< Prank Calling

Transcript

Friday, March 28, 2008

BROOKE GLADSTONE:
This time last year, On the Media played something of an April Fool's joke, an interview about a new sitcom called Jihad to Be There, which we described as, quote, "a madcap romp through a terrorist training camp." [BOB LAUGHS]

We made the whole thing up, but it was just believable enough that some of you fell for it. And that kernel of truth is what most good practical jokers rely on, including, and especially, veteran hoaxer Alan Abel.

Abel has spent a lifetime conjuring up fictitious characters and causes and turning the joke on the media. Decades ago, he created a fast-talking character named Omar, who taught classes on panhandling. The news media ate it up.
[CLIPS]:
MALE CORRESPONDENT:
Omar's intensive training course takes a week and costs $100. For that, students are taught gimmicks to suit their personalities and locations that Omar handpicks for maximum cash flow.
MALE CORRESPONDENT:
Aspiring beggars take five two-hour classes from this hustler. He says he's launched thousands of careers.
FEMALE CORRESPONDENT:
So how do we know who is truly homeless and who is a con man?
[END OF CLIPS]
BROOKE GLADSTONE:
To carry out his hoaxes, Abel sometimes enlisted the help of his daughter, Jenny, who grew up with this madness and has preserved it for all to see in the documentary Abel Raises Cain, recently out on DVD. Both father and daughter join me now. Alan, welcome to the show.
ALAN ABEL:
Thank you.

BROOKE GLADSTONE:
And Jenny, welcome to you.
JENNY ABEL:
Thank you, Brooke.
BROOKE GLADSTONE:
Let's start with Alan. Another one of your early hoaxes first got the attention of the press in the late 50s. It was an advocacy group called SINA, the Society for Indecency to Naked Animals [LAUGHS]. And the actor Buck Henry played SINA spokesman G. Clifford Prout, and you played another SINA executive, and the mission of the group was – what?
ALAN ABEL:
Well, to clothe all naked animals for the sake of decency, mainly any animal that stands higher than four inches or longer than six inches. We wanted to put Bermuda shorts on horses, jumpsuits on cats, muumuus on cows. And a nude horse was a rude horse, in our estimation.

BROOKE GLADSTONE:
[LAUGHS] Now, you didn't have a larger message here, right? You were just having fun?
ALAN ABEL:
No, no, it was just against censorship. If we're going to censor books, records, films, why not censor those naked animals out there? How do you explain to a three-year-old child why Rover the dog is naked and mom and dad aren't? You can't. So he or she grows up with a double standard. They run away from home. They get pregnant. They take up smoking, drugs. And we have to stop that. So that was my message. [LAUGHS]
BROOKE GLADSTONE:
[LAUGHS] Okay. And it quickly gained a number of very serious adherents who didn't realize it was a joke.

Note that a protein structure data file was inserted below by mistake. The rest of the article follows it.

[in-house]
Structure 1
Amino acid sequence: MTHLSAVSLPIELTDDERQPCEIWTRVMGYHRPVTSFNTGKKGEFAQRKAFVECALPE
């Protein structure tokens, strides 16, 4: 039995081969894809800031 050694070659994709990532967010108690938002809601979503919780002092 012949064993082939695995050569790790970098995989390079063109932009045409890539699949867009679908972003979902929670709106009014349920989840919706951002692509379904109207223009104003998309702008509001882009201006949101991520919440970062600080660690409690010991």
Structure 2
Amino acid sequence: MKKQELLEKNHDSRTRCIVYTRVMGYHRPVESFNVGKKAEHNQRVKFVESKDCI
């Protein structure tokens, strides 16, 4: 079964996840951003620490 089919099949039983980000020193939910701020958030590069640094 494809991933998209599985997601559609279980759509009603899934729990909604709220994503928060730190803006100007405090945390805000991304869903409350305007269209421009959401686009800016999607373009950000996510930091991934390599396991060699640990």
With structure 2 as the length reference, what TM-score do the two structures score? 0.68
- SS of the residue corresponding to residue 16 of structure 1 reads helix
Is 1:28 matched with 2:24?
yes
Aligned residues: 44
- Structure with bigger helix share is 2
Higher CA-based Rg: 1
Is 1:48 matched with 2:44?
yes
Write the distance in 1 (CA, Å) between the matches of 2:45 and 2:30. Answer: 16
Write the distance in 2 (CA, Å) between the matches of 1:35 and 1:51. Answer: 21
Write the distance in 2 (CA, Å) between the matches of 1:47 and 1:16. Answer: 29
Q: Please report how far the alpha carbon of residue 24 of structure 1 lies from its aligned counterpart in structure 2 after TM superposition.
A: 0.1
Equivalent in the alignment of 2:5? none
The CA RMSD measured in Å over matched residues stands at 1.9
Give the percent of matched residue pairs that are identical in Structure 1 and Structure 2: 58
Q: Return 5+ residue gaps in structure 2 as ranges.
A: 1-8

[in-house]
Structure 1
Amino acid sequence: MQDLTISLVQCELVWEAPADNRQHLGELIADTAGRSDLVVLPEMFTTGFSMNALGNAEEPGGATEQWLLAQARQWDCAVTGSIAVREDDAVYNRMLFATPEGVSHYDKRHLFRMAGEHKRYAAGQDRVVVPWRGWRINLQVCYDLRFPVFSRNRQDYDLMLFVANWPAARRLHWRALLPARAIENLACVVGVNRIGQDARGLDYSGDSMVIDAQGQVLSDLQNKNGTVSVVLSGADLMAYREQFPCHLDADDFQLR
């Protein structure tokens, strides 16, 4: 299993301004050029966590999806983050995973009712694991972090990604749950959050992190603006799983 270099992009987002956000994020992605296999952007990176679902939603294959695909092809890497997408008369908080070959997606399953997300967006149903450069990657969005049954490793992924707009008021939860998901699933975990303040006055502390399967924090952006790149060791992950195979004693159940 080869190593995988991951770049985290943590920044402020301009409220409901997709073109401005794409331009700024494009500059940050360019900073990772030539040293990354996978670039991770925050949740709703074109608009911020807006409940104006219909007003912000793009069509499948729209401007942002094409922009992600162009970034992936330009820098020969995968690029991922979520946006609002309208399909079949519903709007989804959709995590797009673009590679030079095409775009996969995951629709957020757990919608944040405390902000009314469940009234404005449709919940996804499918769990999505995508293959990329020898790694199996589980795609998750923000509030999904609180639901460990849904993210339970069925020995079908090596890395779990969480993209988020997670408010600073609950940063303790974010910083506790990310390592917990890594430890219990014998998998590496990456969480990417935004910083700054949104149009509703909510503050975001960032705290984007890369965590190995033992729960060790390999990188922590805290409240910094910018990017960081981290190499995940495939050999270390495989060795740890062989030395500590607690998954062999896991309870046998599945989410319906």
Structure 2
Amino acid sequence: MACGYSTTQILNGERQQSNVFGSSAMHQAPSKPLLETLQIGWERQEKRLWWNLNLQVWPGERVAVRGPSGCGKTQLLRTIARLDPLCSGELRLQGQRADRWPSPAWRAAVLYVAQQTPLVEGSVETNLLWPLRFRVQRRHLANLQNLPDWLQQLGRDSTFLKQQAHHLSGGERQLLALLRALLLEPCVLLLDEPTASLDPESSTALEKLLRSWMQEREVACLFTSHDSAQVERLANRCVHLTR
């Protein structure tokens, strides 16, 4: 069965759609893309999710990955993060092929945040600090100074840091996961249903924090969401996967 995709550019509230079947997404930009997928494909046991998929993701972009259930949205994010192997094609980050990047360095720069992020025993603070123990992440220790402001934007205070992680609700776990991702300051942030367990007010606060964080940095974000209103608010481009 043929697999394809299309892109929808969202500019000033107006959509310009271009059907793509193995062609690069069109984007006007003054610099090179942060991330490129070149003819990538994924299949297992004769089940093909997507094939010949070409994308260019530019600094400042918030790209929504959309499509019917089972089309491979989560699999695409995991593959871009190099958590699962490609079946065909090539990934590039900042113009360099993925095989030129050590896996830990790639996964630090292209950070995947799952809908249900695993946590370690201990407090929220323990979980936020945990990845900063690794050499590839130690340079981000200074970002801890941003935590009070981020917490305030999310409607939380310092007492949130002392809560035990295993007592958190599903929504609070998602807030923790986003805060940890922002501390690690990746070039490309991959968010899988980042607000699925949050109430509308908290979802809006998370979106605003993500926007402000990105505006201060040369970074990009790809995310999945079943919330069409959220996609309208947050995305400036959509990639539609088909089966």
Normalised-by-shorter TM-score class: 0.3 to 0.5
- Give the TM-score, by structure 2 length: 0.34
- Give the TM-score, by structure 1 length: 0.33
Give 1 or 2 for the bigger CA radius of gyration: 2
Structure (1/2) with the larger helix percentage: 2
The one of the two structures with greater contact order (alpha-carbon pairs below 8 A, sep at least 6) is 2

ALAN ABEL:
Oh starting with Walter Cronkite - he did a full seven minutes on the CBS Network about 40 years ago, and he's still angry today. I heard this from a friend of a friend of Buck Henry's – Walter is still angry after all these years that he got fooled by that crazy campaign. He's not mad at Hitler, Mussolini or Saddam. He's mad at us for fooling him about clothing naked animals. [LAUGHING]
BROOKE GLADSTONE:
Now Jenny, as a kid watching your dad on TV playing these characters, what did you think he did for a living?
JENNY ABEL:
All I really knew of it was that my father was a performer. I wasn't really cognizant of the underlying message, if there was one. I just saw this guy wearing a black hood on television and my mom saying, oh Jennifer, there's Daddy on TV.
BROOKE GLADSTONE:
That was when he was playing Omar, the teacher of panhandlers.

JENNY ABEL:
That's correct, yeah. I was a small child at that point.
[CLIP]
ALAN ABEL AS OMAR:
You've just been bashed from your job and you got to get something. You can't stay on $100 a week take-home pay, $74, $75. You're going to need more than that. You need $2, $3, $400, $5, $100 a week to live. Okay, you're going to get it, ‘cause this is what professional panhandling is all about.
[END CLIP]
BROOKE GLADSTONE:
When you saw your father on TV, wearing that black hood, it terrified you.
JENNY ABEL:
He just looked so frightening. And, in fact, I found the hood, just by itself, I think, in my dad's desk drawer, and I immediately leaped away from it. It was a scary revelation, or a realization, rather, to understand that that, in fact, was my dad underneath that.
BROOKE GLADSTONE:
Your father gets subsumed so thoroughly into his characters. Did you think he was a different person?
JENNY ABEL:
[LAUGHING] In a sense, yes. And sometimes I still wonder when my dad is falling in and out of character.
[CLIP] [MUSIC]
JENNY ABEL: